Written by Diamond Mike Watson
The life of an adoptee is sometimes like that of an ancient voyager who searches for the unknown. The explorers, however, used navigational tools and the stars to guide their destiny. They had their sights on the wonders that lay ahead of them. An adoptee, on the other hand, travels in the opposite direction.
The adoptee searches for the past. Therefore, he or she cannot rely on sophisticated equipment or the constellations, but rather on hope and perseverance. The map of the past is many times derived from faint clues that one has heard or seen.
I am a prehistoric time traveler — an astronaut of the past. I am adopted….
I was born February 25, 1958. The name on my original birth certificate simply said “infant”, but was changed three days later to the name I have owned ever since. All the traces of my ancestry were stripped away. I had no bloodroots and the branches of my family tree ascended into nothingness. Life before I exited a womb never existed. There was nothing genetically connected to me or a face that resembled me.
My past had been deleted.
In essence, my identity died on February 28, 1958, when an invisible hand switched the blueprint for my life. My adoptive parents, on the other hand, were given life, for I brought an immeasurable joy that was no different from the elation demonstrated by any biological parents.
In changing only a couple of letters, adoptee becomes amputee. The definitions are amazingly similar, for each implies that a piece of an individual that was once inherent has been wholly dismembered. For many adoptees, it is the limbs of history that have been severed.
In reality, by the laws of the court, I was re-born. Some adoptees have the sensation of a second birth. Others despair from being denied any birth. My original birth certificate and adoption proceedings became forever sealed in a tightly guarded file.
The documentation of my life began on February 28, 1958. My proud adoptive mother can show you photos of me on that date. From that moment on I would travel through time at the same speed as anyone else.
But there would be no road behind me.
As an adoptee, it is difficult to comprehend the feelings of an adoptive parent. Likewise, one cannot pretend to experience the feelings of a birthparent who has relinquished a child. I do hope to enrich the reader by unveiling the emotions that possess many adoptees like me who have lived or continue to live in the world of ancestral bewilderment.
Some may say that they know an adoptee who has no desire to uncover his or her biological roots. I can’t help thinking that there is an underlying hunger in every adoptee to know his or her origin in the cosmos. Some adoptees take many years before they are ready to search. Others never attempt. But I believe the yearning is still there, however dormant. One adoptee said, “Adoption is like walking into a movie theatre and the movie has already started. You enjoy the movie very much and applaud at the end, but you still want to see the beginning.”…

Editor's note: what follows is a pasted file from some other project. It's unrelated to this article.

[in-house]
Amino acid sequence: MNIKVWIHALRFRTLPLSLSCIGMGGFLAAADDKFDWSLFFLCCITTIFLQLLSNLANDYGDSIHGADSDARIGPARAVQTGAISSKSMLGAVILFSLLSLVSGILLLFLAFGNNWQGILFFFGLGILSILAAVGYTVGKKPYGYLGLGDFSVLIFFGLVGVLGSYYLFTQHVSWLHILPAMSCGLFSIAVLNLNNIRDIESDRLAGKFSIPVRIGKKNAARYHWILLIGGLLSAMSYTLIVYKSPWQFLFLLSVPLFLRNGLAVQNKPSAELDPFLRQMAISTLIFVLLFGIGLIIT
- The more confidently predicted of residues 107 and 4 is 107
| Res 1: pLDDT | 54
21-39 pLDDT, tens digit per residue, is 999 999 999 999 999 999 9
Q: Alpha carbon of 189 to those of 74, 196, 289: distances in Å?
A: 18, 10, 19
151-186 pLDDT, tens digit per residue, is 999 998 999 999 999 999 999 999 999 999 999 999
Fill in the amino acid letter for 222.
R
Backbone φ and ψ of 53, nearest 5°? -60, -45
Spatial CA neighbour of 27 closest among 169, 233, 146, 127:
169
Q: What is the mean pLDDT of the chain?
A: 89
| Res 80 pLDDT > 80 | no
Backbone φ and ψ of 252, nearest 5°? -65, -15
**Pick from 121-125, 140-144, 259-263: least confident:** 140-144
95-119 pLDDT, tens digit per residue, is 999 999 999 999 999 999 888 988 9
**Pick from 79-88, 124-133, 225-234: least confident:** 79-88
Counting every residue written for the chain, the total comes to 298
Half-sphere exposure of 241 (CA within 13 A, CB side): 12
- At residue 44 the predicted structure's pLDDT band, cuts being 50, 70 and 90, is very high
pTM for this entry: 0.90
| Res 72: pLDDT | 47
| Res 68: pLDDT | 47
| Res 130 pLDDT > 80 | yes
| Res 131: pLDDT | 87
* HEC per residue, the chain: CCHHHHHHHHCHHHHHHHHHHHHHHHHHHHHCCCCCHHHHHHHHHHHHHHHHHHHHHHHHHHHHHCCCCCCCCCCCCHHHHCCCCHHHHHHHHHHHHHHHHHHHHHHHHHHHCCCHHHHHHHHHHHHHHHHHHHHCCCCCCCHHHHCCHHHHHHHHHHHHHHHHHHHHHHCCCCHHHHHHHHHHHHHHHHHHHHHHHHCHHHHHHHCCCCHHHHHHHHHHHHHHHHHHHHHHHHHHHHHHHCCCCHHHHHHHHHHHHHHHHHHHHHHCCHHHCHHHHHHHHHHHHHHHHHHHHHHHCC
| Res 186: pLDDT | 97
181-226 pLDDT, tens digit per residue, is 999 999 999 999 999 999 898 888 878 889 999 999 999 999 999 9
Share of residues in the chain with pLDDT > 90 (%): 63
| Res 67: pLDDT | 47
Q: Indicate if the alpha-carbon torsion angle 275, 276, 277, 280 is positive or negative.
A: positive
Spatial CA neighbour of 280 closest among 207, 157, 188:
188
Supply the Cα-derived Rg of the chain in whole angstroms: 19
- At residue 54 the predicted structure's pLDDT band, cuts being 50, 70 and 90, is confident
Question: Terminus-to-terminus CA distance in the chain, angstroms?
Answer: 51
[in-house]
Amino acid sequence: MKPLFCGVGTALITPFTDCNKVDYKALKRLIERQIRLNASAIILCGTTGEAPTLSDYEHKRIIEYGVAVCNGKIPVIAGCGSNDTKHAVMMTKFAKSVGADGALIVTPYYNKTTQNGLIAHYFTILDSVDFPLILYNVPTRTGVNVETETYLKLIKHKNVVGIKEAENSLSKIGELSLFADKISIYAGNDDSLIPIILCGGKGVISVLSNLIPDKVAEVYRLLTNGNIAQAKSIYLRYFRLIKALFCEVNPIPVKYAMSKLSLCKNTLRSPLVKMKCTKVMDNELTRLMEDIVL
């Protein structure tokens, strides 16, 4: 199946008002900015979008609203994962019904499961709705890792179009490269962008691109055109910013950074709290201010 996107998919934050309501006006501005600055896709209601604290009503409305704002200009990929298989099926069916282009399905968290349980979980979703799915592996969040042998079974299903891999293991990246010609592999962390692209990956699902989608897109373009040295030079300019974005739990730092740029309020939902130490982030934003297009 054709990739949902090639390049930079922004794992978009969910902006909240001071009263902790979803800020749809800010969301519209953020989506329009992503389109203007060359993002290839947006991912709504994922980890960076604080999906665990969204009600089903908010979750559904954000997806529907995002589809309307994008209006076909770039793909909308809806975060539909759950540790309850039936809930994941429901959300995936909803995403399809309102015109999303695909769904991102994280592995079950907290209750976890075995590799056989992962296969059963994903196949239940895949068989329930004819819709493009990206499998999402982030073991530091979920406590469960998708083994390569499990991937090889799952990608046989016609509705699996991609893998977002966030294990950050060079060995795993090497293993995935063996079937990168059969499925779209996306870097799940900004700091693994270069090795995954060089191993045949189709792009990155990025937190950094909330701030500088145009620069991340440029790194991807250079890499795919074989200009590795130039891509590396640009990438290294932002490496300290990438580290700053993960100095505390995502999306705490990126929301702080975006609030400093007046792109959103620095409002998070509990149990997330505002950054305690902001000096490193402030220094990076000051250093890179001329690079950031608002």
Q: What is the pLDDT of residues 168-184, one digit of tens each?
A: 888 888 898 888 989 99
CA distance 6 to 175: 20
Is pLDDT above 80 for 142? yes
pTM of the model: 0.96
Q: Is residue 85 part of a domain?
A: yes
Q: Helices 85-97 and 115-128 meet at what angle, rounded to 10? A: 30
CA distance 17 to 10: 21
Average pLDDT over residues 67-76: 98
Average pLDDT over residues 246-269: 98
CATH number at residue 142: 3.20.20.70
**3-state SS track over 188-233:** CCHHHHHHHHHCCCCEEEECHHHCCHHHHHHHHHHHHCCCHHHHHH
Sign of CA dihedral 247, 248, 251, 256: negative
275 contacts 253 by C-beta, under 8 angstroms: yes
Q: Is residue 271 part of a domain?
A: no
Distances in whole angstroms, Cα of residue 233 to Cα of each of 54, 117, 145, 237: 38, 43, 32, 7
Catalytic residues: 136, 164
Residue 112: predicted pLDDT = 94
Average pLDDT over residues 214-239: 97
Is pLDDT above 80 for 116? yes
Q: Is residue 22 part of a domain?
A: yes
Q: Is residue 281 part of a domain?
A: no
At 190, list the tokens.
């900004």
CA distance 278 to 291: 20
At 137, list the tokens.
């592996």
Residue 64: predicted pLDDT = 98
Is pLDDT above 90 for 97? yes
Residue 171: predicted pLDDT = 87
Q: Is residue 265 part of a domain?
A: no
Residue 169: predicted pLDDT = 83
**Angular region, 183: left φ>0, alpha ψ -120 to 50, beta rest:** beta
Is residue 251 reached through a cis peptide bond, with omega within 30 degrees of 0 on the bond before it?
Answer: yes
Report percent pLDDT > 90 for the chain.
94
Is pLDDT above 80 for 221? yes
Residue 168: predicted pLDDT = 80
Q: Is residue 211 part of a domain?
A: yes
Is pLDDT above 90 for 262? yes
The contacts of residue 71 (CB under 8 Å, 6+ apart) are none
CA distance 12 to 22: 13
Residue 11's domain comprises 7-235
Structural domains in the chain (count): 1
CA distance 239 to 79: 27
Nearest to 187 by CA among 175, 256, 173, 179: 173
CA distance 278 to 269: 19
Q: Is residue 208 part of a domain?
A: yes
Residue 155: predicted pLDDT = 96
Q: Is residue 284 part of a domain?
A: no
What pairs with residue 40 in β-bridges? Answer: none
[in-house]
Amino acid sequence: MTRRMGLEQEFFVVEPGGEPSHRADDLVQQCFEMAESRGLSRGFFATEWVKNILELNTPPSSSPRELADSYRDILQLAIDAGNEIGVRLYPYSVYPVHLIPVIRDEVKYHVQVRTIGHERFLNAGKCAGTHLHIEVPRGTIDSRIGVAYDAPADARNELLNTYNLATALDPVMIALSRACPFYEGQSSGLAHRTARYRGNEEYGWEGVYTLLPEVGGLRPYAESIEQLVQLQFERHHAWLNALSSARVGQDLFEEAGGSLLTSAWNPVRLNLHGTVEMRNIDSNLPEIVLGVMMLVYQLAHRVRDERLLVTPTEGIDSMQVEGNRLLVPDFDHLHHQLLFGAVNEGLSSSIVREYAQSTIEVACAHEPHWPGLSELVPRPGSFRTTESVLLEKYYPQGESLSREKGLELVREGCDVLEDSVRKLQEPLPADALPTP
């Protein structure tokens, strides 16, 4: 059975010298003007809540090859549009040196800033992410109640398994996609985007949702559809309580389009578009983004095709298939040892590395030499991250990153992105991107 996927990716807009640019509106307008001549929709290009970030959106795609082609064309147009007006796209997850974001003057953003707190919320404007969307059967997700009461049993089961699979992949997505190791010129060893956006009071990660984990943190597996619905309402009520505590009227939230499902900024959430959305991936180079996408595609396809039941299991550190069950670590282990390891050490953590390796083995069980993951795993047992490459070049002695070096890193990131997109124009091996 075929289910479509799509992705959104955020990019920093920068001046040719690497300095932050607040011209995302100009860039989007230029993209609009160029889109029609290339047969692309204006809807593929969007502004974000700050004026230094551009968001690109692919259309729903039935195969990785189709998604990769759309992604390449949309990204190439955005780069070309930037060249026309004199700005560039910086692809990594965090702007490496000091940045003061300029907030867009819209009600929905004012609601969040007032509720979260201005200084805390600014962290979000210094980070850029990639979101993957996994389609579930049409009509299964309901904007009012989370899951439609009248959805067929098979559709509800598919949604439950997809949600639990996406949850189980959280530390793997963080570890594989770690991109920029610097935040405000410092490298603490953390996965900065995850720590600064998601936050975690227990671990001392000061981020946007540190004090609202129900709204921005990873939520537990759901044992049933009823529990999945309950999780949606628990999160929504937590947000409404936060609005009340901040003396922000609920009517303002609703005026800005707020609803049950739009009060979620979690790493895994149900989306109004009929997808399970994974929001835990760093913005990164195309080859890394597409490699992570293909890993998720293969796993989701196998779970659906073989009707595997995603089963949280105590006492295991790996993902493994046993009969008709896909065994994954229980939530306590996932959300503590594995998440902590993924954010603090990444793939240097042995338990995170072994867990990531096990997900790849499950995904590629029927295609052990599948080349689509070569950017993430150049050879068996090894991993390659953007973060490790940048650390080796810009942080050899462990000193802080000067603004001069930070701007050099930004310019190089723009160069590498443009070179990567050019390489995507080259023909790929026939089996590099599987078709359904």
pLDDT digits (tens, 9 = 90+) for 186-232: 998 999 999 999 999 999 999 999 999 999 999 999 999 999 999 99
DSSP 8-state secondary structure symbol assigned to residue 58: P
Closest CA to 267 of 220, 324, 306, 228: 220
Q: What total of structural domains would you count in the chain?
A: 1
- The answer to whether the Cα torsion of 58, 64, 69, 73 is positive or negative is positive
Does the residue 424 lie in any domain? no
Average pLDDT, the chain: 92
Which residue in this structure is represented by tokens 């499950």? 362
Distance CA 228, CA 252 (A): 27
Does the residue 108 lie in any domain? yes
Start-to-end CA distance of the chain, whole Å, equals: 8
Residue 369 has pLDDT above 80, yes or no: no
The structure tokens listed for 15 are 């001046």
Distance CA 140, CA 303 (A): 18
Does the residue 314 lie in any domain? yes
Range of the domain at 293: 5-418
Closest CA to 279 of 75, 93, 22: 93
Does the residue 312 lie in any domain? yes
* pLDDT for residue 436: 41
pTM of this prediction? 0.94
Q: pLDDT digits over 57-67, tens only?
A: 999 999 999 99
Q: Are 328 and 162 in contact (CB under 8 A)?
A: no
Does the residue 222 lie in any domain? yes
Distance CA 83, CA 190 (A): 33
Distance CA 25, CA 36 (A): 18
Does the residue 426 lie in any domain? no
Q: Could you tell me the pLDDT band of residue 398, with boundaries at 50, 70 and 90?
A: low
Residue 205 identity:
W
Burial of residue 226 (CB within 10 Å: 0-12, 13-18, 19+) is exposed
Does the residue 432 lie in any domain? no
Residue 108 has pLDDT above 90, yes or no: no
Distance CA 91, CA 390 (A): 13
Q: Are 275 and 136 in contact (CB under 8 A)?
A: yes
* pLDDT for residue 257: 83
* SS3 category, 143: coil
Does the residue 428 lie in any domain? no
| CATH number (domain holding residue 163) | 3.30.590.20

I am one author who agrees that one’s birthright should be an unconditional human gift. After learning the truth of their births, no matter what the circumstances, most adoptees have experienced an emotional release. The pages of the past reveal where one has been and are stepping-stones to the present…
It would be intriguing to find out how an individual would be different if history could be changed; if one were given different surroundings, if one were raised by biological instead of adoptive parents, and vice versa. Although heredity is the main determinant of one’s physical traits, I am quite certain that my adoptive parents and everyone I have interacted with on my journey have shaped the person I am today. I am who I am because of who you are. My wonder and curiosity, along with my understanding of love and life’s purpose, is the result of my journey.
From Moon Over Mountains – The Search for Mom. You can order your own copy, online through Amazon.com , or an autographed copy at https://whymomdeservesadiamond.com/books.html
5 thoughts on “I am Adopted”
I enjoyed your commentary on the side of the Adoptee….I am an adopter of three children and have always given them the knowledge that they were adopted and as they got older I gave them the file and knowledge of who their parents are…For the last two we have regular visits with the Mom’s and have encouraged them to be a part of their lives. I cannot feel good about the problems the mothers had but in keeping them involved in a limited way I can ensure my children are not lost bewtween my family and the inevitible search for their heritage and families (Note: I came from the same Ojibwe Community as the dad’s came from)
Thanks for the add and following my Brand New Blog
That’s a wonderful, welcoming philosophy. Thanks for reading and commenting, Greg!
I’m sorry that you don’t have a past, after being born. I believe you should have the option to have your records open once you turned 18, 21 or 25. No later than age 25. I had a son in 1990 and gave him up for adoption, because I was not emotionally stable after being sexually assaulted. I gave him a chance at a better life; I also chose his adoptive parents. I am proud that he is now married and working law enforcement. If I was your mom (I can’t be–I too was born in 1958), I would be proud of you! Your ability to words together and write beautifully is a great accomplishment. I pray one day you can petition the courts to have your birth records opened. Best Wishes 🙂
Well, you have my vote. 🙂 That type of law would have made the search much easier! Thank you for your support and encouraging words.
I guess the only history you’ve missed, in a way, is the genetic one, though. But it’s a big one.